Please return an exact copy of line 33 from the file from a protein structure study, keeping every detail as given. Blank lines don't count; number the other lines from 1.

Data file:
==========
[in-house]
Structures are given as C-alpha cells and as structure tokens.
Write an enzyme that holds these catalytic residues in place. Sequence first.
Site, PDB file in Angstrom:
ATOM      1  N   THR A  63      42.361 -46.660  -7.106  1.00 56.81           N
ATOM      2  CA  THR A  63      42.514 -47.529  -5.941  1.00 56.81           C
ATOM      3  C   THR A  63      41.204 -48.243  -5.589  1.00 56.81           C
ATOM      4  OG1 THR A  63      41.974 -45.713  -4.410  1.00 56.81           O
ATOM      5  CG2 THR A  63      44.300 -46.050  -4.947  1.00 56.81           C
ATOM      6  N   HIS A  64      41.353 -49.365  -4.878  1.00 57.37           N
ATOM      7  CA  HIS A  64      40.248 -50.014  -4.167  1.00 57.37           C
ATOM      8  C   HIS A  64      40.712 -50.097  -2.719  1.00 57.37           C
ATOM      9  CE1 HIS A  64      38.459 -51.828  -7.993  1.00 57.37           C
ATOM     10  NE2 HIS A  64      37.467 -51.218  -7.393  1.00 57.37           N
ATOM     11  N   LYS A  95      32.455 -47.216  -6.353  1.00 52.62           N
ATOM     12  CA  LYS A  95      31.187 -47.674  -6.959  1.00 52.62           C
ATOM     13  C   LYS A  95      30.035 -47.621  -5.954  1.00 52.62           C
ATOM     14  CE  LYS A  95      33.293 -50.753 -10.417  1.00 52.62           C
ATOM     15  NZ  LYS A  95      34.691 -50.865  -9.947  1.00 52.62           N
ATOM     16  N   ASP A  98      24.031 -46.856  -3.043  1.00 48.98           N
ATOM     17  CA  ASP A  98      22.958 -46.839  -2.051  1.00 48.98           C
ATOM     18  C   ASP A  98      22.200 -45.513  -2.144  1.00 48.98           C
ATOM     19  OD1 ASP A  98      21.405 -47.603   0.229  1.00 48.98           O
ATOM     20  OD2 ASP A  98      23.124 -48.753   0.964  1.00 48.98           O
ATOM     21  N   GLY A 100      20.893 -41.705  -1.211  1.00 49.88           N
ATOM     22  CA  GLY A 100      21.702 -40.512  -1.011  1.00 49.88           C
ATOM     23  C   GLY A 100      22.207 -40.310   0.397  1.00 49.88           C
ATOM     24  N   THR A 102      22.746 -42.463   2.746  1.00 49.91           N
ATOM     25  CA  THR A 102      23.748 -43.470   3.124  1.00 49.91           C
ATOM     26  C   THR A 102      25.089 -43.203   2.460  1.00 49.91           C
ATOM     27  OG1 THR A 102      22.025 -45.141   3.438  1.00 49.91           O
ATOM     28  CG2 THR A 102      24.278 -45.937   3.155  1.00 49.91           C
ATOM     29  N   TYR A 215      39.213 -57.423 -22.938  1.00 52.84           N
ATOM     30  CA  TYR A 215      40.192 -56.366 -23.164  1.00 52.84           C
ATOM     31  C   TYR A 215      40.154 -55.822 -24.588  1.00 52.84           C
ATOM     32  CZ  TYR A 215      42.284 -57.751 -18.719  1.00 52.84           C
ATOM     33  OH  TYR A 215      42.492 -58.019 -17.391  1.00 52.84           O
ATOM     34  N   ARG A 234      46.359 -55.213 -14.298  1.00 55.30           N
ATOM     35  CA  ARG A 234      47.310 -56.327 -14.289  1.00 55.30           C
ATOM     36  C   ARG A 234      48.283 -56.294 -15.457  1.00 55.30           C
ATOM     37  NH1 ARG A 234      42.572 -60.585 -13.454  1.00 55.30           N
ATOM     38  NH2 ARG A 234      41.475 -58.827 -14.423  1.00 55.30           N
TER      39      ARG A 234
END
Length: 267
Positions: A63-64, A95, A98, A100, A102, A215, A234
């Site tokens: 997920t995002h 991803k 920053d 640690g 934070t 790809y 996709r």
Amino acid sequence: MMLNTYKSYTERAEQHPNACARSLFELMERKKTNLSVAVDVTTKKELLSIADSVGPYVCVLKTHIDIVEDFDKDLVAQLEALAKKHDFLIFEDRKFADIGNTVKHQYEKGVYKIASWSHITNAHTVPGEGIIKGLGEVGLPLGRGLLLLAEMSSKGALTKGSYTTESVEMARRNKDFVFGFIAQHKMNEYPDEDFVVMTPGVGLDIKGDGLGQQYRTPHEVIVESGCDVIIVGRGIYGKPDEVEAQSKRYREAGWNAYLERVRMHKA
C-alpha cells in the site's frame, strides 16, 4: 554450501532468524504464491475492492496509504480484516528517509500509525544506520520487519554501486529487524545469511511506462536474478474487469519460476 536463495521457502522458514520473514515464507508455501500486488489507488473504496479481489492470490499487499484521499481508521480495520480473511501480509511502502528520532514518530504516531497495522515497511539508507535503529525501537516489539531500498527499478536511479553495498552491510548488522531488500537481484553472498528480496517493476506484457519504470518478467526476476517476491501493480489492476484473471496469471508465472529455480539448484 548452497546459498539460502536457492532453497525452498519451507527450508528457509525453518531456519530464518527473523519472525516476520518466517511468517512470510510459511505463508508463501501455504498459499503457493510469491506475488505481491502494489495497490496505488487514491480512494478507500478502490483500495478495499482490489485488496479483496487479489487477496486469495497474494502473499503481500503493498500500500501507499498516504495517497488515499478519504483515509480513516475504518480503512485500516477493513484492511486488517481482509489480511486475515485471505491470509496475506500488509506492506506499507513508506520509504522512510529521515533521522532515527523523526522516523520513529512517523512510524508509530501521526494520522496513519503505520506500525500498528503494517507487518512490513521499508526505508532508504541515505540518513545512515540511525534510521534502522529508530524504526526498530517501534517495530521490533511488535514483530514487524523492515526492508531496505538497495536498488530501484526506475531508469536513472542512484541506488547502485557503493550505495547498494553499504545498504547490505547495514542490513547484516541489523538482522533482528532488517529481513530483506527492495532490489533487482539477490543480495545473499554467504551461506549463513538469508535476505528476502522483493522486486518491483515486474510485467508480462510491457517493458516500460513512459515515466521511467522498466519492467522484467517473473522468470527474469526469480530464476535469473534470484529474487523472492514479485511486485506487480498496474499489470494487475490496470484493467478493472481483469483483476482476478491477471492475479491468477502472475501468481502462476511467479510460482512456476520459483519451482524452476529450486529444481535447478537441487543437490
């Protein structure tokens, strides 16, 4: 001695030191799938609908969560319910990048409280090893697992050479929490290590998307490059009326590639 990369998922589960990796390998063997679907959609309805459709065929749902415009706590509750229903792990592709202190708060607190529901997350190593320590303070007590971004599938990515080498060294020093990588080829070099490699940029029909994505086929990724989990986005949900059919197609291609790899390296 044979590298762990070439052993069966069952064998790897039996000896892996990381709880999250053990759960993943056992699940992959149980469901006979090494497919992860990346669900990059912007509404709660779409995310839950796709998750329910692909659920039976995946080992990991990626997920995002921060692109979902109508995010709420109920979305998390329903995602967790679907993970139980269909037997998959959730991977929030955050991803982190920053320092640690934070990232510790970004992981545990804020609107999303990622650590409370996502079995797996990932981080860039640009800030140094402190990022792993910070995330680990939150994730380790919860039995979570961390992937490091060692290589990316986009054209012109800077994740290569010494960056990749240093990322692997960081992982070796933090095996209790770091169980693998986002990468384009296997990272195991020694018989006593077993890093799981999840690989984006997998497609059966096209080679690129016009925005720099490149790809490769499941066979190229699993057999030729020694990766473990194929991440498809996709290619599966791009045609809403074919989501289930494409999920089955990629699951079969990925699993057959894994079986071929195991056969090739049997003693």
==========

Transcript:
ATOM     29  N   TYR A 215      39.213 -57.423 -22.938  1.00 52.84           N